It’s a big year for Stockholm Film Festival, as they’re celebrating their 30th anniversary when the festival returns later this year in November. But before that, they’re warming up with a little dabble of films in August. Rålambshovsparken is home to Sommarbio, their much-loved series of outdoor screenings in the summer sun. We caught up with Stockholm Film Festival programme coordinator Beatrice Karlsson to learn all about this year’s edition.
The festival turns 30 this year, and its theme even plays a role in the Sommarbio programme. Can you tell us a little about the theme, and how the 30th anniversary will be celebrated through Sommarbio?
We think it’s fantastically fun that the festival is celebrating 30 years this year, and we wanted to celebrate in advance this great event a little before the festival in November. Sommarbio is a great opportunity to do this, as a big part of the festival’s audience are regular guests of both the festival and Sommarbio. Through showing some of the films that have been real favourites during the festival’s 30 years, we hope that Sommarbio can both attract the visitors who saw the films when they were shown at the festival, and new visitors who can relive and discover respectively these five gems together with us in Rålambshovsparken
Can you talk us through this year’s line-up of films? Is it important to have a mix in the selections?
Quentin Tarantino has won several Bronshästar (The Bronze Horse, the festival’s prize for best film) over the years, and in 1994 he won it for his cult classic Pulp Fiction. The film is an immortal masterpiece, and with its punchy dialogue delivers one memorable line after another, and is therefore an obvious opening film for Sommarbio 2019. Crouching Tiger, Hidden Dragon was the opening film at the festival in 2000, and the master director Ang Lee was here to introduce the film. It’s a timeless film with unbelievably well-choreographed fighting scenes where the characters float across the screen like a dance. On the third day we’re showing The Darjeeling Limited by Wes Anderson, which deservedly won the Stockholm Visionary Award in 2007. The Darjeeling Limited is a black comedy with a wonderful soundtrack and is a great way to enjoy a late summer evening. Another Bronshäst winner is Debra Granik, who came to the festival to accept the prize for Winter’s Bone in 2010. Winter’s Bone is an epic country noir-drama set in a clearing in the wilderness, and is the film that paved the way for Jennifer Lawrence’s immeasurable success in Hollywood. Call Me By Your Name by Luca Guadagnino has the honour of closing us out on the last evening in Rålis in 2019. The film was shown at Stockholm Film Festival in 2017 and became a big audience favourite. The film plays out in a sunny Italy in the 1980s and depicts a bittersweet romance that breathes summer and sensuality. I can add that for Sommarbio we always strive to choose a little wider range of quality films, as it’s one of our most commercial events. Among the five films we choose we try to strive for a mix of different genres, films from different parts of the world and films by male and female directors, both to elevate different voices while reaching out to more people.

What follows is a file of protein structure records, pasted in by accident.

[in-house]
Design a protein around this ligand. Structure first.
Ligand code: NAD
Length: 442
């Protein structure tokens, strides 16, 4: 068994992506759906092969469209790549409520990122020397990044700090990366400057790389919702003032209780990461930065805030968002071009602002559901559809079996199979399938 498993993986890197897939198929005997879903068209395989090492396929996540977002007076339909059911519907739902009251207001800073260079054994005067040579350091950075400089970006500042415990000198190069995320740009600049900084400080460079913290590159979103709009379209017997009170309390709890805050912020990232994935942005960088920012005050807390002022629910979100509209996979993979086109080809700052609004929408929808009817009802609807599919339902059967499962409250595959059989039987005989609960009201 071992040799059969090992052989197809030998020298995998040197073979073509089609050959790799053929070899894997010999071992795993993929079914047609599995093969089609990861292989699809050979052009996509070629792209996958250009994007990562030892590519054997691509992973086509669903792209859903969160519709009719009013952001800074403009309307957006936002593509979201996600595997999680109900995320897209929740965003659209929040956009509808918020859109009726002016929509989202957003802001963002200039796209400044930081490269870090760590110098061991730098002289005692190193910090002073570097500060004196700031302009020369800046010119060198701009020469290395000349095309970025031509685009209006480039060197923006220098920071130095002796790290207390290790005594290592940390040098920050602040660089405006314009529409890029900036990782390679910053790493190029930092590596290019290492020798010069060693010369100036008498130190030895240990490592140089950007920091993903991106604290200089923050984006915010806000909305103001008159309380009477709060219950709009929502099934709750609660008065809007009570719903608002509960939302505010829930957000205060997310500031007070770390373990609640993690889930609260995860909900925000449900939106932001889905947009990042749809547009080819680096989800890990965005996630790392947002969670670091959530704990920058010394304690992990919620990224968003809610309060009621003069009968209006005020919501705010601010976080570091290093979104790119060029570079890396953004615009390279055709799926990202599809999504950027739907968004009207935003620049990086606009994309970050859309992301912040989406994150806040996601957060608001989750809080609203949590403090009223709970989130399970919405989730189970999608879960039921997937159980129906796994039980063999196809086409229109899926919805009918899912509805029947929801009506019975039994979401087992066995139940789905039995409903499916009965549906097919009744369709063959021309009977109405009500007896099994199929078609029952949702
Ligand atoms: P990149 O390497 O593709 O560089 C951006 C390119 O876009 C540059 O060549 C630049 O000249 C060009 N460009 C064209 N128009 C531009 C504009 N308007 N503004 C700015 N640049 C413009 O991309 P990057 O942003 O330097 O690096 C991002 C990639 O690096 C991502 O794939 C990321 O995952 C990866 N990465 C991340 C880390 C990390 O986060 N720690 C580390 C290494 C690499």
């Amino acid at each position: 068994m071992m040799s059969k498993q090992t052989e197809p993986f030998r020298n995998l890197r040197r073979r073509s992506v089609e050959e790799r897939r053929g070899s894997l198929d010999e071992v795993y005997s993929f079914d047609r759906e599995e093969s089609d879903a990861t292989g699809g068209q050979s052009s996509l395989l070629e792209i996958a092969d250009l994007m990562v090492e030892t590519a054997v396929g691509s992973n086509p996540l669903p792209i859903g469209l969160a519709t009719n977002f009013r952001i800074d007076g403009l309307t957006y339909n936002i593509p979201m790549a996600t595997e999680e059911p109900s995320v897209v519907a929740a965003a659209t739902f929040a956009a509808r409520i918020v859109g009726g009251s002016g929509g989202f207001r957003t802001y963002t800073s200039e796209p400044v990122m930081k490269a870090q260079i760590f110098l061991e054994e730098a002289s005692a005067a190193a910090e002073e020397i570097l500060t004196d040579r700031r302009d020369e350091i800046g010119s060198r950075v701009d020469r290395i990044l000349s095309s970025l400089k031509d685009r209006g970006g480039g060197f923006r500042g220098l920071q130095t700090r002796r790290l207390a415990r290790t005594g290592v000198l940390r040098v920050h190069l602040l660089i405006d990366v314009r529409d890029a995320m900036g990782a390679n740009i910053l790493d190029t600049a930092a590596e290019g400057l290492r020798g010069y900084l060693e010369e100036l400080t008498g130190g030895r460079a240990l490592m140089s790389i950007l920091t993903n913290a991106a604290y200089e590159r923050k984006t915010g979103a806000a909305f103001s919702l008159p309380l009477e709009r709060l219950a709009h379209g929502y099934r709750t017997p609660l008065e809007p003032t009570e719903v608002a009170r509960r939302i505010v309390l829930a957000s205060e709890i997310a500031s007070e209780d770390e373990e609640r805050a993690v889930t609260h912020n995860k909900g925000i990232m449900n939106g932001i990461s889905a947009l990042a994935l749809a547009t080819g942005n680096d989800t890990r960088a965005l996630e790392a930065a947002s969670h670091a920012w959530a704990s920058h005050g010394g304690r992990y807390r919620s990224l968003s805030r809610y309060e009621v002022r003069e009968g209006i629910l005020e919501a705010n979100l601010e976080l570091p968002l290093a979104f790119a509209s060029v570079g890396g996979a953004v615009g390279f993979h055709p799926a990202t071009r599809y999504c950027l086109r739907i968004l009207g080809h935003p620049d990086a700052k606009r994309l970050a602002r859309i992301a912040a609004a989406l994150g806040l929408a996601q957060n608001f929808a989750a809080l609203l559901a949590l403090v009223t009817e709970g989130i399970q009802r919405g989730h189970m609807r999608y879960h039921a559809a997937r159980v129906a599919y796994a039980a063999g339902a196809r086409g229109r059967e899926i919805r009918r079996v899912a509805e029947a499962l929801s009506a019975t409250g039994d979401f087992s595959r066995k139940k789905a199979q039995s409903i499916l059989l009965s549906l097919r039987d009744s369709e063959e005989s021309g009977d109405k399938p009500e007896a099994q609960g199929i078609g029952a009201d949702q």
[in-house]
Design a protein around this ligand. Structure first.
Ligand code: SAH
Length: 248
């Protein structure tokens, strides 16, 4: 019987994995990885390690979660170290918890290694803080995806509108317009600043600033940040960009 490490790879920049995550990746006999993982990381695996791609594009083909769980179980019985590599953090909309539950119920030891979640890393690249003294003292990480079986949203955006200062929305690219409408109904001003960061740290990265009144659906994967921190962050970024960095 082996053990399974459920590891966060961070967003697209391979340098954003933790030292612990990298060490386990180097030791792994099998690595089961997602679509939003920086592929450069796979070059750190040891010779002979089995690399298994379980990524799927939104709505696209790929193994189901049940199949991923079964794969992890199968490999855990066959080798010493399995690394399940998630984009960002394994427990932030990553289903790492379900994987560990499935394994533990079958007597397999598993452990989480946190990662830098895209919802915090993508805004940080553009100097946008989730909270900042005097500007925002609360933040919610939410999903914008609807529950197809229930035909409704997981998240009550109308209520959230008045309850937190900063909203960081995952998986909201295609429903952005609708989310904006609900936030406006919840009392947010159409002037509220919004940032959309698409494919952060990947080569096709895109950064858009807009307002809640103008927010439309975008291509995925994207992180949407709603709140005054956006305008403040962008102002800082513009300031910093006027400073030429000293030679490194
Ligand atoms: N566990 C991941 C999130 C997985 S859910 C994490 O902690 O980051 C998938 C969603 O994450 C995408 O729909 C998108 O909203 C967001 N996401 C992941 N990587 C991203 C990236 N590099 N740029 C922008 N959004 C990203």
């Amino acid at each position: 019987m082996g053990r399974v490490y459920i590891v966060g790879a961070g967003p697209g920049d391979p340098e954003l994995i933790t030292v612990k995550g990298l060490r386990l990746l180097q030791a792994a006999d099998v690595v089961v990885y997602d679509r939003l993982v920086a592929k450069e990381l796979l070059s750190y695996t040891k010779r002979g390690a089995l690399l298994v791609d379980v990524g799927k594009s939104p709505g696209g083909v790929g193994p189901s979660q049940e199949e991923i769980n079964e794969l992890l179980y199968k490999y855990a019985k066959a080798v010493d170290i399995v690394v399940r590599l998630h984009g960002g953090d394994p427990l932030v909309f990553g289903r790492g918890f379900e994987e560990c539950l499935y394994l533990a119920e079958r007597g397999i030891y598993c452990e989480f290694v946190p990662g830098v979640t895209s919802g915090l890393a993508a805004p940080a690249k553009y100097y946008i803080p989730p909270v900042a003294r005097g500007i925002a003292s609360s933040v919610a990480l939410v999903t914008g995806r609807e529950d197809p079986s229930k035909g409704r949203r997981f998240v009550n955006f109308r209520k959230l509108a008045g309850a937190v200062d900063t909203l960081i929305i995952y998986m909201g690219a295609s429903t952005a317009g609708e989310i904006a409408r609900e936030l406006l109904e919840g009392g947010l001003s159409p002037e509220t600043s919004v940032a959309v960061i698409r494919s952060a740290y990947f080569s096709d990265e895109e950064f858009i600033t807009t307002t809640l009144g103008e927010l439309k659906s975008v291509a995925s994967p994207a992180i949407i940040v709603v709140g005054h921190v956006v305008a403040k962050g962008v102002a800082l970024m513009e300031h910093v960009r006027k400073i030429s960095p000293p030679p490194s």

What do you think are the essentials guests should bring with them for a Sommarbio evening?
Definitely a picnic blanket, and for the real experts a folding chair. I would even suggest taking an extra jumper, because as we all know the Swedish late summer evenings can be quite cold.
Finally, do you have any special memories from Sommarbio over the years?
One of the festival staff’s absolute favourite memories from Sommarbio, which is still talked about, is when Christer Fuglesang opened 2015’s Sommarbio which had the theme ‘space’. Fuglesang introduced the opening film, which was the ultimate journey – 2001: A Space Odyssey by Stanley Kubrick.
Sommarbio, Rålambshovsparken, Aug 14-18. For more info see www.stockholmfilmfestival.se/sv/sommarbio
Photo: Valentina Bender